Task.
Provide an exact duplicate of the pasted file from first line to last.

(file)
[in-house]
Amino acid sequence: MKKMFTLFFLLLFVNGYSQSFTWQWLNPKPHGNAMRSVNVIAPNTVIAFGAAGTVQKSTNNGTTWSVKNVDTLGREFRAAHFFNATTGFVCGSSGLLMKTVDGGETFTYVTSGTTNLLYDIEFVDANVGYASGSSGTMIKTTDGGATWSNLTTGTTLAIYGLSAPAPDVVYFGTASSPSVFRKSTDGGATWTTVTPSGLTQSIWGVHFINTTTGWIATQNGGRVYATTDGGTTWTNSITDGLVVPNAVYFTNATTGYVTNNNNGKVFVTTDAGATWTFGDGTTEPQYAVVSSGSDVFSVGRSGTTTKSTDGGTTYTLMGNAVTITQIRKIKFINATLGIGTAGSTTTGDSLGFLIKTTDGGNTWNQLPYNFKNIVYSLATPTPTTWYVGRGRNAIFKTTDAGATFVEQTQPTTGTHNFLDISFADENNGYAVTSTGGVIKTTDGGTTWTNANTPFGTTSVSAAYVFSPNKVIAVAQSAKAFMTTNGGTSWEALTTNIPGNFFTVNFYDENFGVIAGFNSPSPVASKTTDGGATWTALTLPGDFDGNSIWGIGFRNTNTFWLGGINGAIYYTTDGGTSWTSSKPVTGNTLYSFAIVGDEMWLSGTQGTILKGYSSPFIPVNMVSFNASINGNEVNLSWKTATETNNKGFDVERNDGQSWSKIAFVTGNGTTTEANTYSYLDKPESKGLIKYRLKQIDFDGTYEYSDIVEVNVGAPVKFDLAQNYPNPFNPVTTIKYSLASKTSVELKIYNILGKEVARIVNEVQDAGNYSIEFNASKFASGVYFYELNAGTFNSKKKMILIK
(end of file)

[in-house]
Amino acid sequence: MKKMFTLFFLLLFVNGYSQSFTWQWLNPKPHGNAMRSVNVIAPNTVIAFGAAGTVQKSTNNGTTWSVKNVDTLGREFRAAHFFNATTGFVCGSSGLLMKTVDGGETFTYVTSGTTNLLYDIEFVDANVGYASGSSGTMIKTTDGGATWSNLTTGTTLAIYGLSAPAPDVVYFGTASSPSVFRKSTDGGATWTTVTPSGLTQSIWGVHFINTTTGWIATQNGGRVYATTDGGTTWTNSITDGLVVPNAVYFTNATTGYVTNNNNGKVFVTTDAGATWTFGDGTTEPQYAVVSSGSDVFSVGRSGTTTKSTDGGTTYTLMGNAVTITQIRKIKFINATLGIGTAGSTTTGDSLGFLIKTTDGGNTWNQLPYNFKNIVYSLATPTPTTWYVGRGRNAIFKTTDAGATFVEQTQPTTGTHNFLDISFADENNGYAVTSTGGVIKTTDGGTTWTNANTPFGTTSVSAAYVFSPNKVIAVAQSAKAFMTTNGGTSWEALTTNIPGNFFTVNFYDENFGVIAGFNSPSPVASKTTDGGATWTALTLPGDFDGNSIWGIGFRNTNTFWLGGINGAIYYTTDGGTSWTSSKPVTGNTLYSFAIVGDEMWLSGTQGTILKGYSSPFIPVNMVSFNASINGNEVNLSWKTATETNNKGFDVERNDGQSWSKIAFVTGNGTTTEANTYSYLDKPESKGLIKYRLKQIDFDGTYEYSDIVEVNVGAPVKFDLAQNYPNPFNPVTTIKYSLASKTSVELKIYNILGKEVARIVNEVQDAGNYSIEFNASKFASGVYFYELNAGTFNSKKKMILIK